Jobu discusses the possible role that another Yankees prospect, Dellin Betances, might be able to play in 2014.
The other day, we kicked off a new post series for Jobu’s Rum called Youthful Injection, in which we detail the careers of some Yankees minor leaguers and predict what kind of role they might have with the 2014 version of the team. Today, we’re going to take a look at a guy who was once atop the organization with Banuelos, as far as future potential, before falling from grace and reemerging as a possible bullpen weapon. Let’s talk about Dellin Betances, shall we?
Most Yankees fans will remember that we have all seen Betances before; he had cups of coffee with the team in both 2011 and 2013. We’re going to start this post back in 2006, when the Yankees drafted the then 17 year Washington Heights native in the 8th round of the amateur draft. Betances had first round talent, but his $1MM bonus demand turned away many teams (Betances had accepted a scholarship to Vanderbilt University as well). When he fell to the Yankees in the 8th round, they drafted him and paid him his money. Betances started his slow climb through the minors with the Gulf Coast Yankees of the Rookie League at the age of 18.
Here’s what the Yankees love about this guy. First of all, he’s humongous. If he were to make the team this year, he would be the tallest guy on the roster, at 6’8″. Add in the fact that he’s gotta be somewhere between 260 and 300 lbs (Baseball Reference has him at 260, but I’m not sure how accurate that is), and that’s a big hoss you got there! Along with size, Betances has a hoss’ arm as well. He throws two different fastballs (a four-seamer and a two-seamer) and both of them average 95.5 mph. I remember him hitting in the upper 90s all throughout Spring Training a couple of years ago. It’s legit. He also has a pretty highly rated knuckle-curve that he throws at an average of 82.2 mph.a
It is clear that Dellin has the tools to be dominant, so why hasn’t he been? As often happens with bigger guys, sometimes it takes them a long time to figure out their bodies and mechanics. Not everyone can be dominant from the get go, like CC Sabathia was as a 20 year old. More often than not, you see guys take the path Randy Johnson took, struggling with their mechanics, command and consistency, and are sometimes in their late 20s before they put it all together. As they say in the real estate business… It’s all about location. Location! Location!
When he’s been at his best, Betances has been unhittable. In 2010, over 17 starts, he put up a 2.11 ERA with 108 Ks and only 22 BBs in 84 innings (2.35 per 9 innings). Since then, he’s walked 211 men in 341.2 innings (5.5 per 9 innings). During this time, he also hit 29 men and thrown 35 wild pitches. During his brief stints in the majors in 2011, he showed the same exact patterns, walking 6 and hitting 1 in just 2.2 innings.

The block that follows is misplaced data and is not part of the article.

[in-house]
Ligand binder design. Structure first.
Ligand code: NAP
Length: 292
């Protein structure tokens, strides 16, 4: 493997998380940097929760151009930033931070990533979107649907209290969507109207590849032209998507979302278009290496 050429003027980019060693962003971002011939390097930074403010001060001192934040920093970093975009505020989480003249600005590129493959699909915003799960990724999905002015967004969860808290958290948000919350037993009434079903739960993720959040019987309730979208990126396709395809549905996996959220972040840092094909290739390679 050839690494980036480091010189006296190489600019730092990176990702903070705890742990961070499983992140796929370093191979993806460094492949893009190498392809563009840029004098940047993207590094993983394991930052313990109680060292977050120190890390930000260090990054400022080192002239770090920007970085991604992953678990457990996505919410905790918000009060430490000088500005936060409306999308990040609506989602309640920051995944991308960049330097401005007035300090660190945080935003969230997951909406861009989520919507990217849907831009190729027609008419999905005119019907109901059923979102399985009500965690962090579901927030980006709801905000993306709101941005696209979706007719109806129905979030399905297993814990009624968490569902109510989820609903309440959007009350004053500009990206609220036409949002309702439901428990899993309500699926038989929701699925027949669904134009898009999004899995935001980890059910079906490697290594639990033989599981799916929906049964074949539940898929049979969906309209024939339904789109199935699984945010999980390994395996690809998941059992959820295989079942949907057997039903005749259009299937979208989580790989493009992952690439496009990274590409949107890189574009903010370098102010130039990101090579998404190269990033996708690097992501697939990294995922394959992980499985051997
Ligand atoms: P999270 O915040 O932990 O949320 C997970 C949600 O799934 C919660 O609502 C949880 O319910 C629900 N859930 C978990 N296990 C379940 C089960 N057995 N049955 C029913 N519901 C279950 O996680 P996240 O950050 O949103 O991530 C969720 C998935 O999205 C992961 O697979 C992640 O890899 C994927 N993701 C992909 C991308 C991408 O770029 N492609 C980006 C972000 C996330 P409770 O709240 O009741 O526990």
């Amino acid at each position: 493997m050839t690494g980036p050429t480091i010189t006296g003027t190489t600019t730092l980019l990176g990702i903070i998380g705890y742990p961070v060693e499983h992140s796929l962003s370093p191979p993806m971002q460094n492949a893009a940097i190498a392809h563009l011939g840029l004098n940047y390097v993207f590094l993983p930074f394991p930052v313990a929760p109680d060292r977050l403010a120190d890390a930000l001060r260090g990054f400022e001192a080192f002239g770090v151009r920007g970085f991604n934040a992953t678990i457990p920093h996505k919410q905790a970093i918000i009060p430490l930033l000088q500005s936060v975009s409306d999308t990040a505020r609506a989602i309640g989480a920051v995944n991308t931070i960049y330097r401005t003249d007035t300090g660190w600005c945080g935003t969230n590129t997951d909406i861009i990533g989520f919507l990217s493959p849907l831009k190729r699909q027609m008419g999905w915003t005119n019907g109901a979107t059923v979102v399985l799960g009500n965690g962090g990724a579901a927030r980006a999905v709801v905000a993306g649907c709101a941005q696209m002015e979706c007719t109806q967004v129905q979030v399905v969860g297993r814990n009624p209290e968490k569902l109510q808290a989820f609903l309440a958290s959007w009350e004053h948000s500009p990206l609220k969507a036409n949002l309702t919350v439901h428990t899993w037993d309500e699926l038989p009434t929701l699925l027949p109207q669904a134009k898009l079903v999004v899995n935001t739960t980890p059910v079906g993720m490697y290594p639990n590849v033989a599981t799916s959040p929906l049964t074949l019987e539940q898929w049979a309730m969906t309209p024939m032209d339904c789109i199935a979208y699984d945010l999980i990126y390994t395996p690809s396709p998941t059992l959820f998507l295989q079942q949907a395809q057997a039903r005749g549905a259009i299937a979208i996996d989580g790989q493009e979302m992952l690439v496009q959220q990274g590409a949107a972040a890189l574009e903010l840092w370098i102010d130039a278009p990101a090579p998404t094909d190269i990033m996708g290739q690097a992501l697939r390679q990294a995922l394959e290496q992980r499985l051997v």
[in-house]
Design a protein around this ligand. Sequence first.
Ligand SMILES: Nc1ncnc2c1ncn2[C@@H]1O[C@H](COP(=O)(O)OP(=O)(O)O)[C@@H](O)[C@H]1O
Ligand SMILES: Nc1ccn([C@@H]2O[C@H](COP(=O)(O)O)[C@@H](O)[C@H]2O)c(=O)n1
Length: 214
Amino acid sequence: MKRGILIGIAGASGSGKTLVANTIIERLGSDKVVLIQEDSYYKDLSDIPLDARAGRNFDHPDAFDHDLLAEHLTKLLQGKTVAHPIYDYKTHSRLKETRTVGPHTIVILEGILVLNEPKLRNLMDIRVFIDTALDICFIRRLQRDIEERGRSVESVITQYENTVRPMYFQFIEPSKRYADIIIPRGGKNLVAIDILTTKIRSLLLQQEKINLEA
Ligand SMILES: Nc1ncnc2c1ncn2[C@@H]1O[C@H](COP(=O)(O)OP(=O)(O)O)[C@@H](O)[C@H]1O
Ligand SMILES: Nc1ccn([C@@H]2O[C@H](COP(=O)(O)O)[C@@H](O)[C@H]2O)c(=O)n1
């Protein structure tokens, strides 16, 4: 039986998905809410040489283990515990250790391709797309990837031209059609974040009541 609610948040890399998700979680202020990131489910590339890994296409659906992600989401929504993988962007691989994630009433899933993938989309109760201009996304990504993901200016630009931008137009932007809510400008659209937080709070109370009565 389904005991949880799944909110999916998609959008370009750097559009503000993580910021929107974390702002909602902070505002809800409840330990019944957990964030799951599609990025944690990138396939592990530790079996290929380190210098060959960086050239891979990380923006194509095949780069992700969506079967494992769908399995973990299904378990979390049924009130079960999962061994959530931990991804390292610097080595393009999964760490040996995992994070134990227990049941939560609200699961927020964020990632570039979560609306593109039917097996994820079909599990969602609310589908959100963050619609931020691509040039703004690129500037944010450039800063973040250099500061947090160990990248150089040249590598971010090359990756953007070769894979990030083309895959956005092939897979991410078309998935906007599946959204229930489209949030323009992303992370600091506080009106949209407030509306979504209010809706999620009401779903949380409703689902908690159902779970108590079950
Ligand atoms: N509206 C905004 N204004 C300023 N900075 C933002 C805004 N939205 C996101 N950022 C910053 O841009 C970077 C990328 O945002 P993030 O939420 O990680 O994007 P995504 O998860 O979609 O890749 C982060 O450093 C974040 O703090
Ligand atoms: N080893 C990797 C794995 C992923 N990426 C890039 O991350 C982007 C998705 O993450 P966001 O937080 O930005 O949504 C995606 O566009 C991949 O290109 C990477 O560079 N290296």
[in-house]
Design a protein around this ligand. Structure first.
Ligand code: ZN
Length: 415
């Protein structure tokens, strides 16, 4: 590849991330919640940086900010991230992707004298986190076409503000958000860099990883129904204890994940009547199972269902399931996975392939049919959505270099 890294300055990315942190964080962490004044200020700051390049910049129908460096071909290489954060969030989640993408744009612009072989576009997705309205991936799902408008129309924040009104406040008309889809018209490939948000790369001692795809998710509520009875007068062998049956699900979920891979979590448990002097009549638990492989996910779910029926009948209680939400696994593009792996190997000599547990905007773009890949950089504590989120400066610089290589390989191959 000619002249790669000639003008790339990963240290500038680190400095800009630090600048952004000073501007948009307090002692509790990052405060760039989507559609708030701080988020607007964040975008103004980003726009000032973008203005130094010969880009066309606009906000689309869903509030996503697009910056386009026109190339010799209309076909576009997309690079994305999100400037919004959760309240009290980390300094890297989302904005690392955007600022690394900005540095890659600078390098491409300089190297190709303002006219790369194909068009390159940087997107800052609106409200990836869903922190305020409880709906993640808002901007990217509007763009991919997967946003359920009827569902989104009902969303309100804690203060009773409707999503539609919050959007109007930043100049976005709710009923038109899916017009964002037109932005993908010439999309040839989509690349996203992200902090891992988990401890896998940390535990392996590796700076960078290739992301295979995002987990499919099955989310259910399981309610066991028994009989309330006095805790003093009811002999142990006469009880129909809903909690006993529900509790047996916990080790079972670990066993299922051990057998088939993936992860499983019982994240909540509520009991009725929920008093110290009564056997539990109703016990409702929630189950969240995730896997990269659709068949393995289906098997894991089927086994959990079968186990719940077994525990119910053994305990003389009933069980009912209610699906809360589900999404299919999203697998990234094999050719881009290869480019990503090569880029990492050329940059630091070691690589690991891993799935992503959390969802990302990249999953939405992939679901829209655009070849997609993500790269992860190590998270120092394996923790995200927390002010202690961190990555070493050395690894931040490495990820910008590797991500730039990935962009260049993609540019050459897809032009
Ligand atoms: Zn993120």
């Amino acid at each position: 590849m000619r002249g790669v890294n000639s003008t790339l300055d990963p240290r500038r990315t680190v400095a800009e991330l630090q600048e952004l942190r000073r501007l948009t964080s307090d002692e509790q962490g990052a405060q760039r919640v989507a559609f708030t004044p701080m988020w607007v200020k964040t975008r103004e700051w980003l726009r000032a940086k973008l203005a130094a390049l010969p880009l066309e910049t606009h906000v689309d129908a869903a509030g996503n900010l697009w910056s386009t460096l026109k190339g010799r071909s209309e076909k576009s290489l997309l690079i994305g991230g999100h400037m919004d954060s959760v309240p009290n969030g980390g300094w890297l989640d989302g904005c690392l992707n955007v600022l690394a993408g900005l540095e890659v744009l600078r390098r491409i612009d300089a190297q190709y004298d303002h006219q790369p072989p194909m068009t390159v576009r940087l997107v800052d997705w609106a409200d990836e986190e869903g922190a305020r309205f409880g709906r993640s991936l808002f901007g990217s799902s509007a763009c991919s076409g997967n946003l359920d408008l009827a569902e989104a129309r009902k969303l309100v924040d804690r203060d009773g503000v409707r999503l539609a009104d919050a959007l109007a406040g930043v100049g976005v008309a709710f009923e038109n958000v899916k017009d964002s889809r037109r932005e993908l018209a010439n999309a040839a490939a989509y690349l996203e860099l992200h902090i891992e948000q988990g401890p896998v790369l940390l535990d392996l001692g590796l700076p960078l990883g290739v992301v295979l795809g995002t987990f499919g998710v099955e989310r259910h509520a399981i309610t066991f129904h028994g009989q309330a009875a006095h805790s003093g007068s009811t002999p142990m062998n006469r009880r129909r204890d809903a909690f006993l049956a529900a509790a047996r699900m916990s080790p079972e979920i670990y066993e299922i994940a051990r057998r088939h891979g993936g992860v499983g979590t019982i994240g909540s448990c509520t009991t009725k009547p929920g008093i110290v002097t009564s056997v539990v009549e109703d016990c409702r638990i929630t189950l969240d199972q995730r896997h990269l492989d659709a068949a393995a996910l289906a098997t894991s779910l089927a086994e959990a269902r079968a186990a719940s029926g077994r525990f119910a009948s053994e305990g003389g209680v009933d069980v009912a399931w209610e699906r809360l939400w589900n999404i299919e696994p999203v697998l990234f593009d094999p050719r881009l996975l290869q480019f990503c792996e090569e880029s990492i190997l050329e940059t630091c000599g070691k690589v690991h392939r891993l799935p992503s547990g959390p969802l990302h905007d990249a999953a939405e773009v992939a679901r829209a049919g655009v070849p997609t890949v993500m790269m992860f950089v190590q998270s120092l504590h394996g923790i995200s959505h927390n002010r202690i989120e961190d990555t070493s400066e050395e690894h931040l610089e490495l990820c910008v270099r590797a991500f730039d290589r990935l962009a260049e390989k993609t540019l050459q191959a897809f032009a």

It seemed the Yankees were about ready to give up on him. They took him out of the Scranton rotation last year and stuck him in the bullpen, hoping that the shortened outings would boost his performance, and reduce the chances of his mechanics becoming unraveled. So far, it seems like a great gamble. Betances rebounded very nicely as a late inning reliever in 2013, putting up a 1.35 ERA in 60 innings after the switch (he had allowed 16 runs in 24 innings as a starter). Betances walked 26 men and struck out 83 out of the pen. The walks are still a little high, but better than they were as a starter for sure.
The Yankees called him up in August and had one bad outing in which he allowed 4 runs in 0.2 innings against the Angels before being sent back down. When he was brought back in September, he fared much better for himself, allowing no runs in 4.1 innings, while striking out 8 and only walking one. He has, effectively, put himself back on the prospect map; at least as far as being a helpful member of a major league roster.
The Yankees lost Joba Chamberlain, Boone Logan and Mariano Rivera this off-season. They have signed Matt Thornton, but the bullpen still needs a lot of help. Betances could earn himself a bullpen role with a good Spring Training. If he can replicate his numbers from AAA and his September call up in 2014, that would help the Yankees out a whole lot. Realistically, I think Betances will probably find himself back at AAA to start the season, but will definitely be one of the first guys called up when the Yankees need reinforcements. At one point or another, he’ll get his shot to secure a big league role. Here’s hoping he can do that.
I put the over/under on him reaching the majors at May 7. What do you guys think?
Featured image courtesy of: Kim Klement-USA TODAY Sports
- http://www.pinstripealley.com/2013/10/2/4788862/yankees-2013-roster-review-dellin-betances (back)
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